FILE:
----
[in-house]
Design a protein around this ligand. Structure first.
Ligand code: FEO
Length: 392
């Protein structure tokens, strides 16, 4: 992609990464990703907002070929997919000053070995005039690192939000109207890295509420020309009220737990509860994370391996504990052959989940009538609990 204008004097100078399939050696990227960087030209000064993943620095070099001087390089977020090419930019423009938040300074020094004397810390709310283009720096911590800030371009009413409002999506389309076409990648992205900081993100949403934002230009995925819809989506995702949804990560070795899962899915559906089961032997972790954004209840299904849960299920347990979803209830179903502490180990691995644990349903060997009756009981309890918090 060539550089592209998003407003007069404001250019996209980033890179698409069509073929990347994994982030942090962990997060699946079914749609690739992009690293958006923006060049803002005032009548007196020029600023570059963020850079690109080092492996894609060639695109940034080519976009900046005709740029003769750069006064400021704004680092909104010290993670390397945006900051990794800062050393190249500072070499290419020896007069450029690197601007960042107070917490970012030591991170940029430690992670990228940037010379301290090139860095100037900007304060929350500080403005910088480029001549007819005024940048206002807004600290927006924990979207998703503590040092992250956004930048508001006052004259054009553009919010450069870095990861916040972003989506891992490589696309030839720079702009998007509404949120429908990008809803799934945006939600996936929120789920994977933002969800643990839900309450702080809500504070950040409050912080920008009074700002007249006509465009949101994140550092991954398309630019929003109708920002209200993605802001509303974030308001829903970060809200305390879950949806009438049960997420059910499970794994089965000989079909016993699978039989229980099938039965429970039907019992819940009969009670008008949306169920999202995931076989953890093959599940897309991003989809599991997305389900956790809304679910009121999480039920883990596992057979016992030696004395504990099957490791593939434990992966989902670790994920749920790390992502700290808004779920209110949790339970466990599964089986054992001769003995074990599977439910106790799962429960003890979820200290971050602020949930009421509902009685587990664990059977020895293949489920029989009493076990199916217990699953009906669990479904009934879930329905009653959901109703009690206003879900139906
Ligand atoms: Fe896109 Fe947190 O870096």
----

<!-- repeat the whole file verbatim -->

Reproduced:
[in-house]
Design a protein around this ligand. Structure first.
Ligand code: FEO
Length: 392
């Protein structure tokens, strides 16, 4: 992609990464990703907002070929997919000053070995005039690192939000109207890295509420020309009220737990509860994370391996504990052959989940009538609990 204008004097100078399939050696990227960087030209000064993943620095070099001087390089977020090419930019423009938040300074020094004397810390709310283009720096911590800030371009009413409002999506389309076409990648992205900081993100949403934002230009995925819809989506995702949804990560070795899962899915559906089961032997972790954004209840299904849960299920347990979803209830179903502490180990691995644990349903060997009756009981309890918090 060539550089592209998003407003007069404001250019996209980033890179698409069509073929990347994994982030942090962990997060699946079914749609690739992009690293958006923006060049803002005032009548007196020029600023570059963020850079690109080092492996894609060639695109940034080519976009900046005709740029003769750069006064400021704004680092909104010290993670390397945006900051990794800062050393190249500072070499290419020896007069450029690197601007960042107070917490970012030591991170940029430690992670990228940037010379301290090139860095100037900007304060929350500080403005910088480029001549007819005024940048206002807004600290927006924990979207998703503590040092992250956004930048508001006052004259054009553009919010450069870095990861916040972003989506891992490589696309030839720079702009998007509404949120429908990008809803799934945006939600996936929120789920994977933002969800643990839900309450702080809500504070950040409050912080920008009074700002007249006509465009949101994140550092991954398309630019929003109708920002209200993605802001509303974030308001829903970060809200305390879950949806009438049960997420059910499970794994089965000989079909016993699978039989229980099938039965429970039907019992819940009969009670008008949306169920999202995931076989953890093959599940897309991003989809599991997305389900956790809304679910009121999480039920883990596992057979016992030696004395504990099957490791593939434990992966989902670790994920749920790390992502700290808004779920209110949790339970466990599964089986054992001769003995074990599977439910106790799962429960003890979820200290971050602020949930009421509902009685587990664990059977020895293949489920029989009493076990199916217990699953009906669990479904009934879930329905009653959901109703009690206003879900139906
Ligand atoms: Fe896109 Fe947190 O870096």